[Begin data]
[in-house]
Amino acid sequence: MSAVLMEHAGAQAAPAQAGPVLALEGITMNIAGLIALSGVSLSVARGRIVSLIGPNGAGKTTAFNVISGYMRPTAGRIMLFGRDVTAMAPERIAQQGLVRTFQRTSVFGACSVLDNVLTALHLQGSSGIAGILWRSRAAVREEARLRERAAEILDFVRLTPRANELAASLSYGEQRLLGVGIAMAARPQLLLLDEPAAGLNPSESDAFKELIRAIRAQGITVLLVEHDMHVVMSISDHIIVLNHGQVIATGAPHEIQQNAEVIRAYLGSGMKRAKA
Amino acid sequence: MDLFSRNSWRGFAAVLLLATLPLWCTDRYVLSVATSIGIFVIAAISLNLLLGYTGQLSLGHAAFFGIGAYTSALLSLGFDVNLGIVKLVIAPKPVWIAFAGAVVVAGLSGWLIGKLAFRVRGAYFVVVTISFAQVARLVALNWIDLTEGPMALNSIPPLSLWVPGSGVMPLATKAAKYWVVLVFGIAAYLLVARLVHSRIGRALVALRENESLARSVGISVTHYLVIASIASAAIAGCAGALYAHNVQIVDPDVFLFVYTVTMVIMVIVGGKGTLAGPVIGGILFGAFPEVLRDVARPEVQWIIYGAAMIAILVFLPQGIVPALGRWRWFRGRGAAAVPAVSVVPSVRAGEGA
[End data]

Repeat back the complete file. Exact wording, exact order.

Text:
[in-house]
Amino acid sequence: MSAVLMEHAGAQAAPAQAGPVLALEGITMNIAGLIALSGVSLSVARGRIVSLIGPNGAGKTTAFNVISGYMRPTAGRIMLFGRDVTAMAPERIAQQGLVRTFQRTSVFGACSVLDNVLTALHLQGSSGIAGILWRSRAAVREEARLRERAAEILDFVRLTPRANELAASLSYGEQRLLGVGIAMAARPQLLLLDEPAAGLNPSESDAFKELIRAIRAQGITVLLVEHDMHVVMSISDHIIVLNHGQVIATGAPHEIQQNAEVIRAYLGSGMKRAKA
Amino acid sequence: MDLFSRNSWRGFAAVLLLATLPLWCTDRYVLSVATSIGIFVIAAISLNLLLGYTGQLSLGHAAFFGIGAYTSALLSLGFDVNLGIVKLVIAPKPVWIAFAGAVVVAGLSGWLIGKLAFRVRGAYFVVVTISFAQVARLVALNWIDLTEGPMALNSIPPLSLWVPGSGVMPLATKAAKYWVVLVFGIAAYLLVARLVHSRIGRALVALRENESLARSVGISVTHYLVIASIASAAIAGCAGALYAHNVQIVDPDVFLFVYTVTMVIMVIVGGKGTLAGPVIGGILFGAFPEVLRDVARPEVQWIIYGAAMIAILVFLPQGIVPALGRWRWFRGRGAAAVPAVSVVPSVRAGEGA